I have a multi-class classification problem with circular and linear data. For example a feature vector contains 20 circular ($\theta \in [0,2\pi)$) and two linear ($\in (0,1)$) variables. I plan to transform $\theta$ into $(\sin\theta,\cos\theta)$ and apply any traditional classifier (MLP, SVM). In fact my data appear to be linearly separable, so I try Perceptron also. I don't find any specific classifier that handles $\theta$ directly. So, is my planning okay? $\sin\theta$ and $\cos\theta$ seem to be highly correlated. Does that create a problem for a classifier?

I appreciate any help and any reference on this issue.


1 Answer 1


You could try clustering the observations of each $\theta_j$ feature. If there is a preferred direction, $\theta_j^{(1)}$, then you might consider replacing $\theta_j$ with $\theta_j-\theta_j^{(1)}$.

If you have enough data not to overfit, then you could replace $\theta_j$ with the deltas to each of the $m$ most preferred directions, $\theta_j-\theta_j^{(1)}$ to $\theta_j-\theta_j^{(m)}$.

But you say the data appear to be linearly separable. If you can explain that better (to us, or by representing the data appropriately in feature space) then you'll have gone a long way to answering your original question.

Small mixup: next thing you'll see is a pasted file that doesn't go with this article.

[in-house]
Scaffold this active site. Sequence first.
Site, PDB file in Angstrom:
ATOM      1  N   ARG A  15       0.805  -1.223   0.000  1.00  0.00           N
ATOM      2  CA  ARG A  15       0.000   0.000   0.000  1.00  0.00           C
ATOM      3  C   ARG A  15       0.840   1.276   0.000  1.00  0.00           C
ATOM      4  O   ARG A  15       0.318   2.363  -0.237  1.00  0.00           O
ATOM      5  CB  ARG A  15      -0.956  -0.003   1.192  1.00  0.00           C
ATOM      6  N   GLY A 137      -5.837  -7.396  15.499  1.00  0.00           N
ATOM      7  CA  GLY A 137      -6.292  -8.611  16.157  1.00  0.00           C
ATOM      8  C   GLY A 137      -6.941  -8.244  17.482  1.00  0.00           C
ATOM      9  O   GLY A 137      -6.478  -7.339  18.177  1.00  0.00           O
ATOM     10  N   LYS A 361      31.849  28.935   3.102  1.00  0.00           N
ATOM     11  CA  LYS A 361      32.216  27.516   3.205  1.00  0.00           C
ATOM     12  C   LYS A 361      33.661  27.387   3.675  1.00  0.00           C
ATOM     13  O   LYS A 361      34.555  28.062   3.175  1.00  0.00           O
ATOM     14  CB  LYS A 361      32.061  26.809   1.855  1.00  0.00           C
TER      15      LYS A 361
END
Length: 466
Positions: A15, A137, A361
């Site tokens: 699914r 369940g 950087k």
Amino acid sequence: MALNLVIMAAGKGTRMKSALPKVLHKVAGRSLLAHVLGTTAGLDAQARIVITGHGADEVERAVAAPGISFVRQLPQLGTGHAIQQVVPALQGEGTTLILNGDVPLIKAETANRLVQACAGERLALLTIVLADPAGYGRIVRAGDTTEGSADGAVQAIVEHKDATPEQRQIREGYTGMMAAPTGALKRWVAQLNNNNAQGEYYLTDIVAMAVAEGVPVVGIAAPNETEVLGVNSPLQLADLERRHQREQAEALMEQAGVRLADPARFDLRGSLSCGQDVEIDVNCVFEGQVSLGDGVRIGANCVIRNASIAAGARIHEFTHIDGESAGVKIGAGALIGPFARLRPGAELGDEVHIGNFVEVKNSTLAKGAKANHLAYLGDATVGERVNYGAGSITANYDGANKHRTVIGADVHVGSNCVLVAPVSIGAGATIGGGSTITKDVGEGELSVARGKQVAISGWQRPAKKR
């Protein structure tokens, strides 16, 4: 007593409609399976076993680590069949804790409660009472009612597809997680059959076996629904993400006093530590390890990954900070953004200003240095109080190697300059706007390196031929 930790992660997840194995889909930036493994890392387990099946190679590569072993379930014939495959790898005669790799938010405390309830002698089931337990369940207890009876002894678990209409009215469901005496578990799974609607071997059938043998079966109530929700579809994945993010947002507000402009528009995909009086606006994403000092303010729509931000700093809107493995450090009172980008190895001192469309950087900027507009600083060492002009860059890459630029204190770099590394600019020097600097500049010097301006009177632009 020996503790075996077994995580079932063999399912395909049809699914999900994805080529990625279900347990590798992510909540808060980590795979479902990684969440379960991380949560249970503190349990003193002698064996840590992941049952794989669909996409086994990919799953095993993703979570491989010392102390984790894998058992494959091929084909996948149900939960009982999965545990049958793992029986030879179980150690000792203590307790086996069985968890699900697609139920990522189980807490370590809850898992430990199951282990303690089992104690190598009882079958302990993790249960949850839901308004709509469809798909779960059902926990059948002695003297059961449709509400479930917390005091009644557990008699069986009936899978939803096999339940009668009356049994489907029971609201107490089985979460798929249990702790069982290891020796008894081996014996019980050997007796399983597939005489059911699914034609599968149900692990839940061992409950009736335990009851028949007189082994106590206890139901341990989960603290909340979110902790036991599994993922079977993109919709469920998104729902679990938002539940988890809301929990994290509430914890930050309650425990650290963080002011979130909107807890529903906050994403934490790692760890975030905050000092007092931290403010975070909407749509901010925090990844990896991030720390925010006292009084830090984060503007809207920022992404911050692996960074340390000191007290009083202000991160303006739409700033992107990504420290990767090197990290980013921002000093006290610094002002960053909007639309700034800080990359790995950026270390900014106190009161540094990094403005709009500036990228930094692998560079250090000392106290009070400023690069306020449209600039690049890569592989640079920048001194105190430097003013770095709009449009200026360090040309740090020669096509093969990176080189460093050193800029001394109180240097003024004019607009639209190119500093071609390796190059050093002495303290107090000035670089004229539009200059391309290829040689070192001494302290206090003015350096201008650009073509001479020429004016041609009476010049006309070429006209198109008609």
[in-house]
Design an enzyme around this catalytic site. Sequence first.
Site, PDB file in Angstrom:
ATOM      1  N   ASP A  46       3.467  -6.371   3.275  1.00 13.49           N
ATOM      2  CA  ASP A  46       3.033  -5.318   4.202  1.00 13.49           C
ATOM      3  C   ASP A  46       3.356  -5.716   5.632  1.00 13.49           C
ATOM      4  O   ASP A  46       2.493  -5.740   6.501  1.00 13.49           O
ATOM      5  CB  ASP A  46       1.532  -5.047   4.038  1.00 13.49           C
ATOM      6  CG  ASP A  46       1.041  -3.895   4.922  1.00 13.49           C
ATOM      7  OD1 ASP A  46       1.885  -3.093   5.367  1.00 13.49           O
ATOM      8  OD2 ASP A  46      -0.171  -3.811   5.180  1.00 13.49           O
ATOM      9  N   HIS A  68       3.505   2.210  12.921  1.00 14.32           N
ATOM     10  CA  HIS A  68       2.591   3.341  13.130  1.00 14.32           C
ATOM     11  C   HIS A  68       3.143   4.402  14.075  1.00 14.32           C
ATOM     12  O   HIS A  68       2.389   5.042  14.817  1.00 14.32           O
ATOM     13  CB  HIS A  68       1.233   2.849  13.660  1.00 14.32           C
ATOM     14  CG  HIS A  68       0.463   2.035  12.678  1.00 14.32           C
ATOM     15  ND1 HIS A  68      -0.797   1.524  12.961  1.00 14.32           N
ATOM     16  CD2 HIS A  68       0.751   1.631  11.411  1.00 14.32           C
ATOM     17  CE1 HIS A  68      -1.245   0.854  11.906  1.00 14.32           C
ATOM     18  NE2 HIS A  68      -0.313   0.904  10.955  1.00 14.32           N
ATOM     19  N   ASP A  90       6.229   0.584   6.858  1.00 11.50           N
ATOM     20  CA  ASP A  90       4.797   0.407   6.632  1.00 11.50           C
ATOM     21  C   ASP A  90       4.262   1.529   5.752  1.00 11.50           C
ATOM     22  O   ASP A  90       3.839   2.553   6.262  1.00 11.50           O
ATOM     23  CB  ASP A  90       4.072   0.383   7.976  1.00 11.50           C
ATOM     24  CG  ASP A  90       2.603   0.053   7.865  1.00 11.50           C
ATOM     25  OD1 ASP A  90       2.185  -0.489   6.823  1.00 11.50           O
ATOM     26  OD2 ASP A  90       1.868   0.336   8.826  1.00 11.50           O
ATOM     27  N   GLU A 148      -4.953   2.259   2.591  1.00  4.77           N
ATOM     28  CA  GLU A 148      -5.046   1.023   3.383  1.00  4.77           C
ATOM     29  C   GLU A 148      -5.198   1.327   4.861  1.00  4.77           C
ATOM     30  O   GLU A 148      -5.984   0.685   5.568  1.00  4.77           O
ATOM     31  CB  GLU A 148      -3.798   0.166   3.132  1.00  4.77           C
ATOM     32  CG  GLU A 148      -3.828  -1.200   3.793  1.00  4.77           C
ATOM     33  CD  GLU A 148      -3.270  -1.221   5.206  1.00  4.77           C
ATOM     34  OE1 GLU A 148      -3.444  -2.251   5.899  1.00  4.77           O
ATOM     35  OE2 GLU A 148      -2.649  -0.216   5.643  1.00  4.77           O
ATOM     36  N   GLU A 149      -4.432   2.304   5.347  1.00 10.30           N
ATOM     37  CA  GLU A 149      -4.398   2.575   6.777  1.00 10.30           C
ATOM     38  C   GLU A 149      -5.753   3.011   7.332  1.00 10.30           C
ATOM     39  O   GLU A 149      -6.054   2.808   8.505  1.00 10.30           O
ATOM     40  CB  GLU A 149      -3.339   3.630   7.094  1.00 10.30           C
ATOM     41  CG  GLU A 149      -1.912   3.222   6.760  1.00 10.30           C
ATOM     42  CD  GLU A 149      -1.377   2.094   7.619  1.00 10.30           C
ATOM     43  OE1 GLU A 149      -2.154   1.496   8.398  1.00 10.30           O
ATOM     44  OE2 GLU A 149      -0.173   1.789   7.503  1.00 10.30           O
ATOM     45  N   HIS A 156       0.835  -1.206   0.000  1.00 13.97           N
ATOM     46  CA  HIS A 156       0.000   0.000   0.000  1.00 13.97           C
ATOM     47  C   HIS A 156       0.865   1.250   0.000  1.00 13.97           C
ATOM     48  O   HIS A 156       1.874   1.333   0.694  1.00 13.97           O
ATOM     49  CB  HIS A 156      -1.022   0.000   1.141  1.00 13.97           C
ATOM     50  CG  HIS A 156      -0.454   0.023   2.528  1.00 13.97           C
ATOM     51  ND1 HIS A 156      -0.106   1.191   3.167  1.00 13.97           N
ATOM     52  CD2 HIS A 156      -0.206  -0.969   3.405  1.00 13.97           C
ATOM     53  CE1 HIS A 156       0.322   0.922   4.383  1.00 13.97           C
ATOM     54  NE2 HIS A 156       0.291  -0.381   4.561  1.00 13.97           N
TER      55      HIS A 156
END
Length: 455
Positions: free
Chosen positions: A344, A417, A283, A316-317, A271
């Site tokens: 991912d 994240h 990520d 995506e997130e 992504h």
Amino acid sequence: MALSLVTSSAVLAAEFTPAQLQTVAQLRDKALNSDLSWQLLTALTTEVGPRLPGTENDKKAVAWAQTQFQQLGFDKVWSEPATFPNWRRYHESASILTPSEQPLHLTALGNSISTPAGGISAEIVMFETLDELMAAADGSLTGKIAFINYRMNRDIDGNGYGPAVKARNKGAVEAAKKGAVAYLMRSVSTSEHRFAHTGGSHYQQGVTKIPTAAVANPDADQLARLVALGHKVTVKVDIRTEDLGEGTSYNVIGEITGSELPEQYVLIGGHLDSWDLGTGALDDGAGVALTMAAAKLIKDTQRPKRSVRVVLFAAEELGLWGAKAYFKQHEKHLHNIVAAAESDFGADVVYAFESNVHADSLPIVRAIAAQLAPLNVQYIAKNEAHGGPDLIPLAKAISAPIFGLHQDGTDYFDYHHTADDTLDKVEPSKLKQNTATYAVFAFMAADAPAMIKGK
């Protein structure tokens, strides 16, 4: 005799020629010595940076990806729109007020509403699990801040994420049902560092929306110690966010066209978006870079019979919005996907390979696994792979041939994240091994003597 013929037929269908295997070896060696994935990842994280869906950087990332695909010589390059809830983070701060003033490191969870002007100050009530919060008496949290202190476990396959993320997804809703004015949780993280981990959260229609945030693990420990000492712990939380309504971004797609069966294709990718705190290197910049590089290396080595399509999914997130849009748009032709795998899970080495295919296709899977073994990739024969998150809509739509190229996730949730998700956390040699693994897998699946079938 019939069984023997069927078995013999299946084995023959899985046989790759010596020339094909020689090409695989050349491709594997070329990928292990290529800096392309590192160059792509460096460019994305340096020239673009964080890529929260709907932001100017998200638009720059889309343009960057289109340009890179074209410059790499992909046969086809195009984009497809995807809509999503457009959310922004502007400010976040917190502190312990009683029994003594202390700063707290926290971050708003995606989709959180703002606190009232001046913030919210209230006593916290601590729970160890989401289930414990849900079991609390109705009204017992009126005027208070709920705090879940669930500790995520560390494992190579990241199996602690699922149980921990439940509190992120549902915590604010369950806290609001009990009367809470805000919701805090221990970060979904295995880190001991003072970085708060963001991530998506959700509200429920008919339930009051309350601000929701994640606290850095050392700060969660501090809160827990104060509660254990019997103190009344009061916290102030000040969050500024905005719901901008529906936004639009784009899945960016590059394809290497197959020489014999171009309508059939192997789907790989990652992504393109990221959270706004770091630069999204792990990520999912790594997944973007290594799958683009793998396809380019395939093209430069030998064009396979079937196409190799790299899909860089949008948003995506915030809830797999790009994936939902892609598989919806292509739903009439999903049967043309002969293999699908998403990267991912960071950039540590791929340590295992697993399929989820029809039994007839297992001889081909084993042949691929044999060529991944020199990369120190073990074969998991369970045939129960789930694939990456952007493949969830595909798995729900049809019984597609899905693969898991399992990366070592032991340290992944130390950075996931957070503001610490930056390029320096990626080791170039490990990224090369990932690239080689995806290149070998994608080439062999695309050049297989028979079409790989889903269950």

• $\begingroup$ Thanks but I don't really get you answer. My feature vector is $\Xi = (\theta_1,\ldots,\theta_{20}, x_1,x_2)$. I have $n$ such feature vectors corresponding to 10 classes. Is it problematic if I convert $\theta_j$ to $(\sin\theta_j,\cos\theta_j)$ and apply MLP or SVM? Can you suggest some article, because I don't find anything. I don't understand "preferred direction" also. Is that the average of $n$ values of $\theta_j$ component ? Sorry, linear separability is an assumption so far. $\endgroup$
    – Ananda2111
    Nov 23, 2015 at 21:49
  • $\begingroup$ I'm sure it's not problematic at all to convert $\theta_j$ to $(\sin\theta_j,\cos\theta_j)$. Try it and see; you may as well try the preferred direction thing as well. Suppose, for example, that $\theta_1$ consists mostly of angles near $\theta_1^{(1)}=55$ degrees and near $\theta_1^{(2)}=355$ degrees; then an angle of $5$ degrees, say, could be represented by feature values $-50$ (=5-55) and $+10$ (=5-355 mod 360). If plotting the data reveals no such clustering, forget the idea. $\endgroup$
    – Creosote
    Nov 24, 2015 at 21:08

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